If you’re newer to the alternative scene for comics, like myself, Riceboy is perhaps one of the industry’s best-kept secrets and certainly one of the best books to take a chance on. Creator Evan Dahm is no newbie though, he is a prolific talent with a diverse collection of fantasy stories under his belt including Order of the Tales and Vattu. this body of work just happens to be one of his first forays into it all as he’s been self-publishing for years.

In addition to his self-published work, Dahm has also co-founded the art book publishing company Benign Kingdom, and has done work for BOOM!, Paradox Space, and Iron Circus Comics. Being a veteran of the small press and mini-comics scene for his years of craft (and thousands of pages), it must be a just thing for those way more intimately familiar with him to see his work now more wildly available and recognized.

Riceboy, once a webcomic, was self-published into a small-run print edition, will now be his first edition with national distribution. This means this Winner of the 2014 Ignatz Award for Best Online Comic and the 2013 Stumptown Comic Arts Award for Best Webcomic can now be available in many more hands for many more readers for hopefully many more years to come.


At 460 pages, this is an epic, a saga to lose yourself in one or a few sittings. Evan Dorham’s tome is worth its weight in gold or orange popping plants. I’ve read that Riceboy has been likened to a few beloved tales including Alice In Wonderland (for its topsy-turvy premise and narrative) Anything Tokien but to name a specific tale Lord Of The Rings (for its journey and all the many faces that help/dismiss a prophecy) and lastly Saga for its strange cast of characters.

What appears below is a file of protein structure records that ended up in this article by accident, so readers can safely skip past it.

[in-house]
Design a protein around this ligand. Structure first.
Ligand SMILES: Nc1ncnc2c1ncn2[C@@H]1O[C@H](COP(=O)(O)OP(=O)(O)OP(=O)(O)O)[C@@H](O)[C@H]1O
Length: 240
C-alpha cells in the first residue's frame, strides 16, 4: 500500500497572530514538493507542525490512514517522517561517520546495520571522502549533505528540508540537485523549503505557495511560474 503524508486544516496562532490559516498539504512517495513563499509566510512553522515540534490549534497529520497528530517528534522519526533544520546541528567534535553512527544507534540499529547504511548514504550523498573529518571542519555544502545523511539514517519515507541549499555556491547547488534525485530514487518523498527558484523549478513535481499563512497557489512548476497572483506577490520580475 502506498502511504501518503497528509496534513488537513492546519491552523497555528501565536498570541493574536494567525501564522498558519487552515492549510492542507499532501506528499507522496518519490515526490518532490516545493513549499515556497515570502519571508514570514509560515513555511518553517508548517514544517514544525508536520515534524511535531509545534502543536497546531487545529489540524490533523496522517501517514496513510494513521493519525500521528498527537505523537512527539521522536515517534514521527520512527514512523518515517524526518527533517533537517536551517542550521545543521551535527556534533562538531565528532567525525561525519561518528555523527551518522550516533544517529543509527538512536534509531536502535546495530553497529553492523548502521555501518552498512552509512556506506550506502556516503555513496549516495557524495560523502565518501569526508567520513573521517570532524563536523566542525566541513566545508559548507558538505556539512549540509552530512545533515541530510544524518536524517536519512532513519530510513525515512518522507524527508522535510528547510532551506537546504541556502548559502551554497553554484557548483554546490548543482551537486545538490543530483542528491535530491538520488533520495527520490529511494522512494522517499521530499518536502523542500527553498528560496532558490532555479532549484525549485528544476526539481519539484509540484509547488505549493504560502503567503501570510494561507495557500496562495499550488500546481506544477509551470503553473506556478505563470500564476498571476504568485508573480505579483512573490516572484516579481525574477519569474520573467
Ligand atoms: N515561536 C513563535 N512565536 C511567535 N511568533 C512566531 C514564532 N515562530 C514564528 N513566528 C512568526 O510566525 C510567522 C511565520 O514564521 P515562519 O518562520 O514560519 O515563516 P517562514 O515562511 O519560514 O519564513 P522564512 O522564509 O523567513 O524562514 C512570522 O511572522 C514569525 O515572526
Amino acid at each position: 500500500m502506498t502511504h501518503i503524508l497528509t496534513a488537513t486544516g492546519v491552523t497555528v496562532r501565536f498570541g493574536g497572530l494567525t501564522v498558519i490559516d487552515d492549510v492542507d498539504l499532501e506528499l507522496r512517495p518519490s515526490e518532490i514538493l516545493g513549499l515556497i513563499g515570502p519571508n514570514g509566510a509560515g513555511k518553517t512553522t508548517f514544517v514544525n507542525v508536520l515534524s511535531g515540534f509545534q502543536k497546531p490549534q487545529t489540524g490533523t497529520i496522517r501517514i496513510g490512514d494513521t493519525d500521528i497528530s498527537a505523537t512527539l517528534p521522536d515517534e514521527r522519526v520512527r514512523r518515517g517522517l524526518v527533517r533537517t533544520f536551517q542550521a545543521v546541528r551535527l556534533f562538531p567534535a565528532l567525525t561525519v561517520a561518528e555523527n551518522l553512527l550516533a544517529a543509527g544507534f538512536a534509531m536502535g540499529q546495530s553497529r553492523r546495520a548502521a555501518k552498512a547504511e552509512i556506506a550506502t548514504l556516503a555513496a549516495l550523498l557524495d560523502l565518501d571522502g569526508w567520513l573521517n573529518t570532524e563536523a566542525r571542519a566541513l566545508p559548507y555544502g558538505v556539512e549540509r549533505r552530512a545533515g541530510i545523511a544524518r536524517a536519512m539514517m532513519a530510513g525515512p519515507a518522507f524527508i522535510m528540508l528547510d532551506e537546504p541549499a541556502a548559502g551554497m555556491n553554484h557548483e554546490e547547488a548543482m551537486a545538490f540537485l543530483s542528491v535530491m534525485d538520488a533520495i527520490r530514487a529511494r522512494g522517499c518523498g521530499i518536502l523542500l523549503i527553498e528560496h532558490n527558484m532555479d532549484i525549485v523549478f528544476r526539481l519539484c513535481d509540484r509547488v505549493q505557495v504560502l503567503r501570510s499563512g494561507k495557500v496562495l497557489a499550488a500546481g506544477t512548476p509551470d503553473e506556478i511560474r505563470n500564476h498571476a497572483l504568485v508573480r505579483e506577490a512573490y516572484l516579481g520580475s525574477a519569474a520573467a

I’d describe Riceboy as a cocktail made with three ingredients: part high fantasy, part slice of life and lastly part epic quest. It stands in good company to be likened to those three great bodies of work (with a gentle reminder than Riceboy was created before Saga from Image Comics came into existence and found a way to all our pull lists) yet I want to be clear that Riceboy is its own unique book with a compelling story that deserves its own place on your bookshelves and in your hearts.

Strange and Wonderful, Riceboy is a Delicious Treat to Be Devoured.

Rating : 9.8 Words To Be Fulfilled Out of 10

See more of Dahm on Twitter, Patreon and Topatoco. To see more of Dahm’s extensive body of work check him out here. See more of Iron Circus Comics and their books here .

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  • Carrie McClain is writer, editor and media scholar. Other times she's known as a Starfleet Communications Officer, Comics Auntie, and Golden Saucer Frequenter. Nowadays you can usually find her avoiding Truck-kun and forgetting her magical girl transformation device. She/Her